Fiber plant sale is final

January 25, 2002

Fiber plant sale is final


The sale of the paper recycling plant in Hagerstown to a Canadian company has been finalized, and a company official said Thursday that the plant could be running by the end of the year.


With the sale, the City of Hagerstown and Washington County governments received more than $560,000 in back taxes owed by the former owners.

Vancouver-based Belkorp Industries bought the facility at Memorial and Eastern boulevards, and the equipment on the property, for $7.5 million at a bankruptcy auction in November. Mark Roseborough, a Belkorp vice president, said the Hagerstown plant will operate under a subsidiary company, Newstech MD, which also will be the new name of the plant.


Belkorp's purchase of the property and equipment there was approved in December by a bankruptcy court in New York. The property was formally transferred to the new owners earlier this month, according to records at the Washington County Courthouse.

According to court records, the property was sold for $1,125,000.

Back taxes on the property had to be paid for the court to record the sale.

The county received $398,603 for real estate and personal property taxes, which are levied on items such as furniture, computers, and telephones. Some of the money was owed since 1999.

County Treasurer Todd Hershey said the county had been unable to collect those taxes because the previous company was declared bankrupt.

Hagerstown received about $162,000 for taxes owed for the fiscal years that began July 1, 2000 and July 1, 2001.

The city is still owed about $2.1 million for the construction of an electric substation and an upgrade of power lines for the paper recycling plant. City officials have said they are hopeful the sale of the plant means it will be restarted, and the debt paid.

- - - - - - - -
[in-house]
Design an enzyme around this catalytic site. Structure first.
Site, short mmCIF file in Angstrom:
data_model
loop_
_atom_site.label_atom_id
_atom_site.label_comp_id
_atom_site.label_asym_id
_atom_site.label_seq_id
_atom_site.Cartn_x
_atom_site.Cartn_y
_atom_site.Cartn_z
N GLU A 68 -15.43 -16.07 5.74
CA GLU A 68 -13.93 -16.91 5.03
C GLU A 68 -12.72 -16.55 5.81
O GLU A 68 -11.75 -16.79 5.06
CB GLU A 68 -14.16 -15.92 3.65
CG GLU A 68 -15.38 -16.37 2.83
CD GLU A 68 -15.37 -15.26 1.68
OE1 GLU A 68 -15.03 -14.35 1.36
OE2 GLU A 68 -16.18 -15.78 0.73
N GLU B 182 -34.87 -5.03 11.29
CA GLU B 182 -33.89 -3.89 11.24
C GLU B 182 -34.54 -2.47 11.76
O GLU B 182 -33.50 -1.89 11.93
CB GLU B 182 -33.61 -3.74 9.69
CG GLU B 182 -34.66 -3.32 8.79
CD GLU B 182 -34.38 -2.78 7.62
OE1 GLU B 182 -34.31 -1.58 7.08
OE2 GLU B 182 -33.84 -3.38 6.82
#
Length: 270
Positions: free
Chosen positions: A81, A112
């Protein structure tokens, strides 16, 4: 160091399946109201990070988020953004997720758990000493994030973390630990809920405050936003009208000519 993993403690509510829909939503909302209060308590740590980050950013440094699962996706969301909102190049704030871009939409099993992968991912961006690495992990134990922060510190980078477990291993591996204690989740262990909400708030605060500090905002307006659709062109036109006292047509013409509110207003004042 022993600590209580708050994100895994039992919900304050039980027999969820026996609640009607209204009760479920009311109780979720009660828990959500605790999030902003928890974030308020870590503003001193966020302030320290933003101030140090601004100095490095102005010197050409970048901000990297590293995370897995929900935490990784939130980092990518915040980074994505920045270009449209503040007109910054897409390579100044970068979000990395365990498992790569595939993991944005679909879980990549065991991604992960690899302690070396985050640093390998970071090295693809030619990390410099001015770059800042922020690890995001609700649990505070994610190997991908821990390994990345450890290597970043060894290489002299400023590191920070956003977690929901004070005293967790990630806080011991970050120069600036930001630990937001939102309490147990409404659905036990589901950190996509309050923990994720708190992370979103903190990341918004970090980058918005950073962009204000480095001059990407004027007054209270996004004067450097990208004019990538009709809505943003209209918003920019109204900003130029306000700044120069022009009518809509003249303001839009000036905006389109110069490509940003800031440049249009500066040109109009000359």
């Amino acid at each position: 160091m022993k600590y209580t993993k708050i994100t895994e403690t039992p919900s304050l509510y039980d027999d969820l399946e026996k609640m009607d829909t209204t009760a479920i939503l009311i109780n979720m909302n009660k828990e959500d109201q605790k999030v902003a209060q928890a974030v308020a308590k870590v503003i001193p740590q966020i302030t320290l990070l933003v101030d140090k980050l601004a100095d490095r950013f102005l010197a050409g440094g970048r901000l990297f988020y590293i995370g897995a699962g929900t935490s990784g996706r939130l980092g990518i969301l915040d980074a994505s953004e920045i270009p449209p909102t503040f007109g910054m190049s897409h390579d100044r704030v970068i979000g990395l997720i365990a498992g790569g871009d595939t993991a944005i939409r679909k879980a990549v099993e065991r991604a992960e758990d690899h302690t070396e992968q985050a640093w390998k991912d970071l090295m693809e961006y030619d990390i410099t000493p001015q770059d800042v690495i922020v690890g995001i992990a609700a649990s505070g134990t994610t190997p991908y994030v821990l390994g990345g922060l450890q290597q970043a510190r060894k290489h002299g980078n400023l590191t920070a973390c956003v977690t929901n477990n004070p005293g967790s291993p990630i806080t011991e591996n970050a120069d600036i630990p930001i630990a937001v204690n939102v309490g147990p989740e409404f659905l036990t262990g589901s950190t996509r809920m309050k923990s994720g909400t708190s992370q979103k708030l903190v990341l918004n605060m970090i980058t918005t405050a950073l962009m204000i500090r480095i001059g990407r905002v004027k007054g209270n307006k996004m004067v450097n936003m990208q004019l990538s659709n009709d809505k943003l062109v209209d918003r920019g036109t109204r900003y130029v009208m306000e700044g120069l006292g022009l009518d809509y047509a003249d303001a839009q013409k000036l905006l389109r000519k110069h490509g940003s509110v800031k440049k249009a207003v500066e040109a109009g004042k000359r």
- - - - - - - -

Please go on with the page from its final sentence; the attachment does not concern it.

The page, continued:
The $220-million recycling plant, which has been known as 1st Urban Fiber and Hagerstown Fiber, opened in October 1996 and was in operation for less than a year. In December 1998, an involuntary bankruptcy petition was filed in court against the ownership group, Hagerstown Fiber Limited Partnership.

Roseborough on Thursday said the plant could be running again by late this year or early 2003. The start date could be sooner or later than that based on market conditions, he said.

Five people have been hired to provide maintenance and security at the plant. The plant will have 75-85 employees when it starts recycling operations, he said.

Once running, the Hagerstown plant will produce recycled paper pulp. The pulp will be sent to another plant to be turned into paper that could be used for newspaper inserts, he said.

Some Hagerstown plant neighbors and some city officials have worried that a byproduct of restarting the plant might be a bad odor that some said came from the plant before.

Roseborough has said the plant will not smell when they restart it, and if it does the company will fix it.

The mayor of Coquitlam, a Canadian city outside Vancouver where Belkorp has operated a recycling plant for 10 years, has said there have been no odor problems at that plant.

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